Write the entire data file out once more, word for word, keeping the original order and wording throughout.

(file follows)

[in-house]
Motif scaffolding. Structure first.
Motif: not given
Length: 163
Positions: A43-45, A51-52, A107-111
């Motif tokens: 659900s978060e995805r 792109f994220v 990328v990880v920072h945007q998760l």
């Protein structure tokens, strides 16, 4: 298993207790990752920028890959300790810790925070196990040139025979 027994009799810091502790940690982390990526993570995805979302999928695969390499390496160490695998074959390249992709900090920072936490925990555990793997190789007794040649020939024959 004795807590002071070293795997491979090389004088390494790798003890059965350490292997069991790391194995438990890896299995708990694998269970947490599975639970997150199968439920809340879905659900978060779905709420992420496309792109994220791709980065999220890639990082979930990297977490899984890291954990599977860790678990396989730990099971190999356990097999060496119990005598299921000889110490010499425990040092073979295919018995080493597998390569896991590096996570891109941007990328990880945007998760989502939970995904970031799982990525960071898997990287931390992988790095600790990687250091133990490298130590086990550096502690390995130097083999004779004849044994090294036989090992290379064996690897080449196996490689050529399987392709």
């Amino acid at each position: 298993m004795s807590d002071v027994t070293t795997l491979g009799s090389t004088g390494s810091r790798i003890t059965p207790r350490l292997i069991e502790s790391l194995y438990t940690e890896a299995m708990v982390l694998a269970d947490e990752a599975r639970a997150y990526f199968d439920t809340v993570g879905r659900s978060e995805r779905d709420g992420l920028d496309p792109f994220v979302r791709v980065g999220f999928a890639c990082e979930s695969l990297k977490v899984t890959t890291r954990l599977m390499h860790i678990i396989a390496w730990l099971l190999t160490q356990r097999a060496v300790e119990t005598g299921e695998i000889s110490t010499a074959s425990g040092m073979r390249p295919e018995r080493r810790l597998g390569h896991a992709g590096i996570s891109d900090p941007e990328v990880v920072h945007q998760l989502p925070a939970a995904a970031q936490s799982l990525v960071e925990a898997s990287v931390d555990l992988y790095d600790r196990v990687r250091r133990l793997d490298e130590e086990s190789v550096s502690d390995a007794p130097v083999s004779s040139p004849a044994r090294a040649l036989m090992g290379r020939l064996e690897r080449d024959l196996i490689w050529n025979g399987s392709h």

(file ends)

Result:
[in-house]
Motif scaffolding. Structure first.
Motif: not given
Length: 163
Positions: A43-45, A51-52, A107-111
């Motif tokens: 659900s978060e995805r 792109f994220v 990328v990880v920072h945007q998760l």
């Protein structure tokens, strides 16, 4: 298993207790990752920028890959300790810790925070196990040139025979 027994009799810091502790940690982390990526993570995805979302999928695969390499390496160490695998074959390249992709900090920072936490925990555990793997190789007794040649020939024959 004795807590002071070293795997491979090389004088390494790798003890059965350490292997069991790391194995438990890896299995708990694998269970947490599975639970997150199968439920809340879905659900978060779905709420992420496309792109994220791709980065999220890639990082979930990297977490899984890291954990599977860790678990396989730990099971190999356990097999060496119990005598299921000889110490010499425990040092073979295919018995080493597998390569896991590096996570891109941007990328990880945007998760989502939970995904970031799982990525960071898997990287931390992988790095600790990687250091133990490298130590086990550096502690390995130097083999004779004849044994090294036989090992290379064996690897080449196996490689050529399987392709």
């Amino acid at each position: 298993m004795s807590d002071v027994t070293t795997l491979g009799s090389t004088g390494s810091r790798i003890t059965p207790r350490l292997i069991e502790s790391l194995y438990t940690e890896a299995m708990v982390l694998a269970d947490e990752a599975r639970a997150y990526f199968d439920t809340v993570g879905r659900s978060e995805r779905d709420g992420l920028d496309p792109f994220v979302r791709v980065g999220f999928a890639c990082e979930s695969l990297k977490v899984t890959t890291r954990l599977m390499h860790i678990i396989a390496w730990l099971l190999t160490q356990r097999a060496v300790e119990t005598g299921e695998i000889s110490t010499a074959s425990g040092m073979r390249p295919e018995r080493r810790l597998g390569h896991a992709g590096i996570s891109d900090p941007e990328v990880v920072h945007q998760l989502p925070a939970a995904a970031q936490s799982l990525v960071e925990a898997s990287v931390d555990l992988y790095d600790r196990v990687r250091r133990l793997d490298e130590e086990s190789v550096s502690d390995a007794p130097v083999s004779s040139p004849a044994r090294a040649l036989m090992g290379r020939l064996e690897r080449d024959l196996i490689w050529n025979g399987s392709h």